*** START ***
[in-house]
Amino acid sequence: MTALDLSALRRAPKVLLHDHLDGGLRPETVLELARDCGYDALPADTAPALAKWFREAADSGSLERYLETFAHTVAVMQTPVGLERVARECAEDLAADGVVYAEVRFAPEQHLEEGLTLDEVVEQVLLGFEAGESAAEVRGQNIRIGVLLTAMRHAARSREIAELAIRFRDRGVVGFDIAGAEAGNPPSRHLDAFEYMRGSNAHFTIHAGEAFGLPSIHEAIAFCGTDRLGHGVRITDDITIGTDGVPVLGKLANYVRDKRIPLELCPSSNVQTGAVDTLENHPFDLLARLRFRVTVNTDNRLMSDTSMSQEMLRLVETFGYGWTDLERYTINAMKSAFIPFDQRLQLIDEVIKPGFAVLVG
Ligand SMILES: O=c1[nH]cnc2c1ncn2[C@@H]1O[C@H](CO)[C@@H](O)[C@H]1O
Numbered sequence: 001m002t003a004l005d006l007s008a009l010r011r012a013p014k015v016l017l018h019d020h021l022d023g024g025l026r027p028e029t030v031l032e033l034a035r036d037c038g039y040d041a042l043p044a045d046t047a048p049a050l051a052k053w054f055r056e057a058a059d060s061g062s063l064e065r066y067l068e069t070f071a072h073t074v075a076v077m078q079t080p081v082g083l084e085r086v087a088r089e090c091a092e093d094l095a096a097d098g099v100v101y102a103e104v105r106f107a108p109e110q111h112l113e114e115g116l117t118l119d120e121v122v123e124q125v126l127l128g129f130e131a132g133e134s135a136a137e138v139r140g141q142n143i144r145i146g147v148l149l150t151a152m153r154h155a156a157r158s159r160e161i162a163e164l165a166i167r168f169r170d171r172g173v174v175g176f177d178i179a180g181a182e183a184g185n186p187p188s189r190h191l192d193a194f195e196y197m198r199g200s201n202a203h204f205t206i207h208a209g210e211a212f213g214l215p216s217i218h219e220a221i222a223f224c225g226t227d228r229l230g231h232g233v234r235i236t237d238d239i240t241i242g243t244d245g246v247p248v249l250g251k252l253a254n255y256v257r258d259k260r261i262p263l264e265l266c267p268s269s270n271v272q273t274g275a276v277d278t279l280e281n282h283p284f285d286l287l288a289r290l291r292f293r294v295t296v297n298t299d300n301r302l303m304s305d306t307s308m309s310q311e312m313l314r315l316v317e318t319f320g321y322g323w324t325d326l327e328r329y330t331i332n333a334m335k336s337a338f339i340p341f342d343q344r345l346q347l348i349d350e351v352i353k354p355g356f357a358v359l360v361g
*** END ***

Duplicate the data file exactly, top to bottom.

[in-house]
Amino acid sequence: MTALDLSALRRAPKVLLHDHLDGGLRPETVLELARDCGYDALPADTAPALAKWFREAADSGSLERYLETFAHTVAVMQTPVGLERVARECAEDLAADGVVYAEVRFAPEQHLEEGLTLDEVVEQVLLGFEAGESAAEVRGQNIRIGVLLTAMRHAARSREIAELAIRFRDRGVVGFDIAGAEAGNPPSRHLDAFEYMRGSNAHFTIHAGEAFGLPSIHEAIAFCGTDRLGHGVRITDDITIGTDGVPVLGKLANYVRDKRIPLELCPSSNVQTGAVDTLENHPFDLLARLRFRVTVNTDNRLMSDTSMSQEMLRLVETFGYGWTDLERYTINAMKSAFIPFDQRLQLIDEVIKPGFAVLVG
Ligand SMILES: O=c1[nH]cnc2c1ncn2[C@@H]1O[C@H](CO)[C@@H](O)[C@H]1O
Numbered sequence: 001m002t003a004l005d006l007s008a009l010r011r012a013p014k015v016l017l018h019d020h021l022d023g024g025l026r027p028e029t030v031l032e033l034a035r036d037c038g039y040d041a042l043p044a045d046t047a048p049a050l051a052k053w054f055r056e057a058a059d060s061g062s063l064e065r066y067l068e069t070f071a072h073t074v075a076v077m078q079t080p081v082g083l084e085r086v087a088r089e090c091a092e093d094l095a096a097d098g099v100v101y102a103e104v105r106f107a108p109e110q111h112l113e114e115g116l117t118l119d120e121v122v123e124q125v126l127l128g129f130e131a132g133e134s135a136a137e138v139r140g141q142n143i144r145i146g147v148l149l150t151a152m153r154h155a156a157r158s159r160e161i162a163e164l165a166i167r168f169r170d171r172g173v174v175g176f177d178i179a180g181a182e183a184g185n186p187p188s189r190h191l192d193a194f195e196y197m198r199g200s201n202a203h204f205t206i207h208a209g210e211a212f213g214l215p216s217i218h219e220a221i222a223f224c225g226t227d228r229l230g231h232g233v234r235i236t237d238d239i240t241i242g243t244d245g246v247p248v249l250g251k252l253a254n255y256v257r258d259k260r261i262p263l264e265l266c267p268s269s270n271v272q273t274g275a276v277d278t279l280e281n282h283p284f285d286l287l288a289r290l291r292f293r294v295t296v297n298t299d300n301r302l303m304s305d306t307s308m309s310q311e312m313l314r315l316v317e318t319f320g321y322g323w324t325d326l327e328r329y330t331i332n333a334m335k336s337a338f339i340p341f342d343q344r345l346q347l348i349d350e351v352i353k354p355g356f357a358v359l360v361g